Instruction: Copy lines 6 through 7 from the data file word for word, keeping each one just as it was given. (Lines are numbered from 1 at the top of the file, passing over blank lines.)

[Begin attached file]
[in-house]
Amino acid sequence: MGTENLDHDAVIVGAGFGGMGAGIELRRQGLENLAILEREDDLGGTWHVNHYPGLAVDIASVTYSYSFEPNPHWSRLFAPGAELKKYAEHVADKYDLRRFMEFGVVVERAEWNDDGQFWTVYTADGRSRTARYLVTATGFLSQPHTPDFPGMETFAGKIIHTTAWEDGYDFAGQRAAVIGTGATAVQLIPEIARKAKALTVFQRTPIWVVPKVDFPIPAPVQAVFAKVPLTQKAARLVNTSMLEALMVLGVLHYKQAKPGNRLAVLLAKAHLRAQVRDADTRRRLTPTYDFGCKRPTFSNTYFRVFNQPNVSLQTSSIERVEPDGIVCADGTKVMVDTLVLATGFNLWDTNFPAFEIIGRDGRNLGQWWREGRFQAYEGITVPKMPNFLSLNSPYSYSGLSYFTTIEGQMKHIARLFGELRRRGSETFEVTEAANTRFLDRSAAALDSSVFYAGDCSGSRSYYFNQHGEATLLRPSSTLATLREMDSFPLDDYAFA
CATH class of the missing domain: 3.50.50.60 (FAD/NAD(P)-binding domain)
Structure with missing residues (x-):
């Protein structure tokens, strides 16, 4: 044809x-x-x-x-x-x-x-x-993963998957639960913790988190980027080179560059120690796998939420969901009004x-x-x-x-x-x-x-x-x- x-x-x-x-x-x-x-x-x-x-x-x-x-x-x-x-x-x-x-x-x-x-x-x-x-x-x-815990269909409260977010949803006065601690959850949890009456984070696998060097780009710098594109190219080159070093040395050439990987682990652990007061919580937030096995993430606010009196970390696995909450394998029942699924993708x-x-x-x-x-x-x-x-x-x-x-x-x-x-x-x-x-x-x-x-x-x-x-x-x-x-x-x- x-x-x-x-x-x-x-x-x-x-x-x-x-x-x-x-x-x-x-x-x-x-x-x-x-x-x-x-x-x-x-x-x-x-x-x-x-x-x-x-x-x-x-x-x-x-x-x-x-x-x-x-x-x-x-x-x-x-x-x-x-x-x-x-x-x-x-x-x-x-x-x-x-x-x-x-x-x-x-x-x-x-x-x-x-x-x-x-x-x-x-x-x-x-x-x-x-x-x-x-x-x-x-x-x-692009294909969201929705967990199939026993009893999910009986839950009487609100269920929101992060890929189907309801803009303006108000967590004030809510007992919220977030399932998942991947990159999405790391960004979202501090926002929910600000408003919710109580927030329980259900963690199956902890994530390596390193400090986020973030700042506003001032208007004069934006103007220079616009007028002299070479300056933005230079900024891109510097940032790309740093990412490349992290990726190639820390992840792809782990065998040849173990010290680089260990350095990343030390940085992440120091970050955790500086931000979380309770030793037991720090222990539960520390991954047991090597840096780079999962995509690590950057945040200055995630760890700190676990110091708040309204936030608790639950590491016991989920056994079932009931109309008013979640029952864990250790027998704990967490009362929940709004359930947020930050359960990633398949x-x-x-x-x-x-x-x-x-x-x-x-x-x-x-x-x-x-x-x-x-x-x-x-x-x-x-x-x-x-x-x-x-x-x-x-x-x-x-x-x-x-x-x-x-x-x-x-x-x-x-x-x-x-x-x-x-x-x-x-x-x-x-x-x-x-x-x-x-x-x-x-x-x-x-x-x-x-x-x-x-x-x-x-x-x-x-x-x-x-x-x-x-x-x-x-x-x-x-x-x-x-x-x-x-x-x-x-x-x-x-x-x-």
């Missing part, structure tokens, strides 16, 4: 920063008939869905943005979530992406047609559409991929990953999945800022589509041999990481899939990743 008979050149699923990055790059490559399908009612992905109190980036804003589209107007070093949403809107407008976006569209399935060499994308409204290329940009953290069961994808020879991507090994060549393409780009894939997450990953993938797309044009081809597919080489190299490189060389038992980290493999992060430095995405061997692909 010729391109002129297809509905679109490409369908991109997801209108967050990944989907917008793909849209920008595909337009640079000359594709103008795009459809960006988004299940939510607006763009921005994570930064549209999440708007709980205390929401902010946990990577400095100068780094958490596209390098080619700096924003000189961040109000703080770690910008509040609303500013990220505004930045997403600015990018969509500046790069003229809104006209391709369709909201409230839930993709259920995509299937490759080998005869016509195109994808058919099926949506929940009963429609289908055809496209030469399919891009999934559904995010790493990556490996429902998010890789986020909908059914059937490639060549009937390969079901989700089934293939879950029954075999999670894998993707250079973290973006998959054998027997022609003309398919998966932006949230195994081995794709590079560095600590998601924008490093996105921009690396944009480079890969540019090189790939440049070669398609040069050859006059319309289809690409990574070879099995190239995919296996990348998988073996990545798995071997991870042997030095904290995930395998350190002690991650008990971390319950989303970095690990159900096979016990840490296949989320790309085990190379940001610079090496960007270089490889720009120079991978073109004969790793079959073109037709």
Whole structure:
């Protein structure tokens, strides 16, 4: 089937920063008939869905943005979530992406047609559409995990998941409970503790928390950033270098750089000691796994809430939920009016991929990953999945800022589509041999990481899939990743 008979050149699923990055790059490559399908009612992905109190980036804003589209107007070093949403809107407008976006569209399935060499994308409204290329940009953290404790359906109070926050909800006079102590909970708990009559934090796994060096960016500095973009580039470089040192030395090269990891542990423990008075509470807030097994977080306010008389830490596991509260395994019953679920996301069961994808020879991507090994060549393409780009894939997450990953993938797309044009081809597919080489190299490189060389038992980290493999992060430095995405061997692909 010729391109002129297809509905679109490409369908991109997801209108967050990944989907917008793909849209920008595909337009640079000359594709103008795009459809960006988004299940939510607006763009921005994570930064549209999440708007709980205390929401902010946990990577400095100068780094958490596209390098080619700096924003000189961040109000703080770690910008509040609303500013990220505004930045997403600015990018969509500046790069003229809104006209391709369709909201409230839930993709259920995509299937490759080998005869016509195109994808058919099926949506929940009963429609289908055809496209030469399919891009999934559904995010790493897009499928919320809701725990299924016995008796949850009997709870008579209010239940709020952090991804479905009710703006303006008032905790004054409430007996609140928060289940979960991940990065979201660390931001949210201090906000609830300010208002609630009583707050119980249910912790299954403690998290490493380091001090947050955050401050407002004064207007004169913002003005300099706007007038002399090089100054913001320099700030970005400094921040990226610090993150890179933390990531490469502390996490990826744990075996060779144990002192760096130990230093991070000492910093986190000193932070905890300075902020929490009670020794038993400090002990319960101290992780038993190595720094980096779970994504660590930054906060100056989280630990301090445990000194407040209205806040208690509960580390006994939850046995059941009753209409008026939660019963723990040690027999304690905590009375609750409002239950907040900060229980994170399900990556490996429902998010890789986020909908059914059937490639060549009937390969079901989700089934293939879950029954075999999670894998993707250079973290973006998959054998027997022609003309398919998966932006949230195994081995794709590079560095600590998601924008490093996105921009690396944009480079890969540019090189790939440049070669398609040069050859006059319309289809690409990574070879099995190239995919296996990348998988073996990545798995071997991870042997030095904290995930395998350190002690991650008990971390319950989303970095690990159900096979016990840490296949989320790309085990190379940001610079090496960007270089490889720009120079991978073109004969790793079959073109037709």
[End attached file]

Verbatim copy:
């Missing part, structure tokens, strides 16, 4: 920063008939869905943005979530992406047609559409991929990953999945800022589509041999990481899939990743 008979050149699923990055790059490559399908009612992905109190980036804003589209107007070093949403809107407008976006569209399935060499994308409204290329940009953290069961994808020879991507090994060549393409780009894939997450990953993938797309044009081809597919080489190299490189060389038992980290493999992060430095995405061997692909 010729391109002129297809509905679109490409369908991109997801209108967050990944989907917008793909849209920008595909337009640079000359594709103008795009459809960006988004299940939510607006763009921005994570930064549209999440708007709980205390929401902010946990990577400095100068780094958490596209390098080619700096924003000189961040109000703080770690910008509040609303500013990220505004930045997403600015990018969509500046790069003229809104006209391709369709909201409230839930993709259920995509299937490759080998005869016509195109994808058919099926949506929940009963429609289908055809496209030469399919891009999934559904995010790493990556490996429902998010890789986020909908059914059937490639060549009937390969079901989700089934293939879950029954075999999670894998993707250079973290973006998959054998027997022609003309398919998966932006949230195994081995794709590079560095600590998601924008490093996105921009690396944009480079890969540019090189790939440049070669398609040069050859006059319309289809690409990574070879099995190239995919296996990348998988073996990545798995071997991870042997030095904290995930395998350190002690991650008990971390319950989303970095690990159900096979016990840490296949989320790309085990190379940001610079090496960007270089490889720009120079991978073109004969790793079959073109037709």
Whole structure: